She lay as still as she could on the mattress on the floor. Pain. Pain. There was nothing here for the pain. In her mind she was running through a list of things she would never do again. Walk. Stand up. Run. Not in any order. Cook a meal. Go to the toilet unaided.
She had made him put the mattress down on the floor. She thought now it was a bad idea. She would never be able to get up from here. There would be no sleep. On the other hand she had been able to heft herself onto the mattress on the floor and she simply had not fancied being lifted up and carried to the bed by him.
The first few days had been difficult. But she had food then. There was no food now. She could see the increasing concern on the monitor, his monitor. She couldn’t focus on that. She needed a plan. Her plan had been, as she remembered from so long ago, not to spend her old age like this. Not to die on a floor alone. She had planned proper retirement in a proper retirement home with a garden and lawn bowls. Not this gritty, resentful, dirty existence. Nonetheless she thought now it had all served a purpose. Pain, searing pain. Hunger. She thought that she had achieved what they wanted. There was a point to it. Maybe, after all. Nonetheless even though she had contemplated this end for awhile, she was not ready for it. She was not certain that if faced with the prospect of taking her own life she could do it. It would be useless to command him to do it.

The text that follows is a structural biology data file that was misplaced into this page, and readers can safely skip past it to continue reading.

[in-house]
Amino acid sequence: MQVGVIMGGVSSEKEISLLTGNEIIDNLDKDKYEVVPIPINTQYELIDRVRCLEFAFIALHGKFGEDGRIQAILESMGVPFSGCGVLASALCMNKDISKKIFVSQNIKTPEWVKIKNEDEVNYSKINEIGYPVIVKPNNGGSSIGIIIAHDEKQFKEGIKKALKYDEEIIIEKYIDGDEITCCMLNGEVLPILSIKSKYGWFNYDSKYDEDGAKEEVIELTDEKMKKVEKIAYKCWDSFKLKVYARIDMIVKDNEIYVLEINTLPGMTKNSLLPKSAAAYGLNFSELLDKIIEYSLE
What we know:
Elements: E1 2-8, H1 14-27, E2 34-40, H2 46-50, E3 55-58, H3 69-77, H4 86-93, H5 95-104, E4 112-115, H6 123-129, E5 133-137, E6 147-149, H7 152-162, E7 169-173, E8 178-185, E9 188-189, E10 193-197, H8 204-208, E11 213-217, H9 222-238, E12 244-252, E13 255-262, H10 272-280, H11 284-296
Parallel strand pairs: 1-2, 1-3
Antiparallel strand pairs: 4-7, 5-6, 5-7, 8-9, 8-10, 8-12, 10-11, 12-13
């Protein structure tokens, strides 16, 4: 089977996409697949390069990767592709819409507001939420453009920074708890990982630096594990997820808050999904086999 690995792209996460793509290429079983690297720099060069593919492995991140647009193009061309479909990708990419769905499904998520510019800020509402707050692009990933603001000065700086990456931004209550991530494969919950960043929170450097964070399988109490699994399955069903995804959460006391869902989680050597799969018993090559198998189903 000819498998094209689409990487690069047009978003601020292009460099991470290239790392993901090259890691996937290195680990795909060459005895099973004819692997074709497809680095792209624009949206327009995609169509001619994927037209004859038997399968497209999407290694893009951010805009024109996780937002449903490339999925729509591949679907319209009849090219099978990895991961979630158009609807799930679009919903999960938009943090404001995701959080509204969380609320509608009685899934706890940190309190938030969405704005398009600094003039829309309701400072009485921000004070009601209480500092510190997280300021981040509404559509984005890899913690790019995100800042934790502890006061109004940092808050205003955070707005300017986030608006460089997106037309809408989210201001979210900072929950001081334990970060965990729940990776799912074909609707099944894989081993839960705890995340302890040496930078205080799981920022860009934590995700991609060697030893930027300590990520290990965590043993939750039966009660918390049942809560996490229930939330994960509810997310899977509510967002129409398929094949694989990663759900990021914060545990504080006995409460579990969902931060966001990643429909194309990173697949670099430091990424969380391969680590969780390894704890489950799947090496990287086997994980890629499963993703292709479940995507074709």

She just hoped they would come in time. It would be nice to have a conversation with another living human. A proper conversation, it had been some time. The most she had done for the past several years was barter for food. They had no interest in her except as a means of income. She was a curiosity. They knew she was clever. Thought maybe she was evil, a witch, a sorceress. Nonsense, with no science behind it. She had no doubt they were waiting for her to die. Then they would come and take everything. This heartened her a little. Pain. Searing pain. Civilisation she thought, had not sunk so low that they would attack and steal from an unarmed old lady. Perhaps they knew she was not defenceless. Perhaps they knew about him. Perhaps they would come if they could see her on the floor now.
So much pain. She felt she had been barking orders all morning. He was good, kind, caring, but a machine. She knew all of it was just programming. Kindness, programmed in. Thank goodness for decent programming and for programming decency, hadn’t that been the slogan of Christian Bots International, a life time ago. If only god could see humanity now. That’s why he, the machine would also be useless in a fight. He would harm no one. She had to rely on herself for any defence.
She could live with the pain really, it was the hunger that was difficult. She was sweating. Cold. Hot. Cold. Hungry. In pain. There was nothing for it, she would have to send him to get food. That would be difficult. She knew someone might come. She had made him transmit the signal. They would be unlikely to bring her food. They were coming to take not to give. The most she could hope for was a mercifully quick end. And she wanted to eat before that end.
She tried to calm herself, to think of what she might give him to take, that would be so valuable that they would barter with him. She had a lot of stuff even now. She had some of their money but that would be useless. She would need to give them something they could use. She racked her brain, tried to be calm. She was certain her hip was broken. She could almost feel the bits floating around inside of her pelvis. It had always been her worst fear.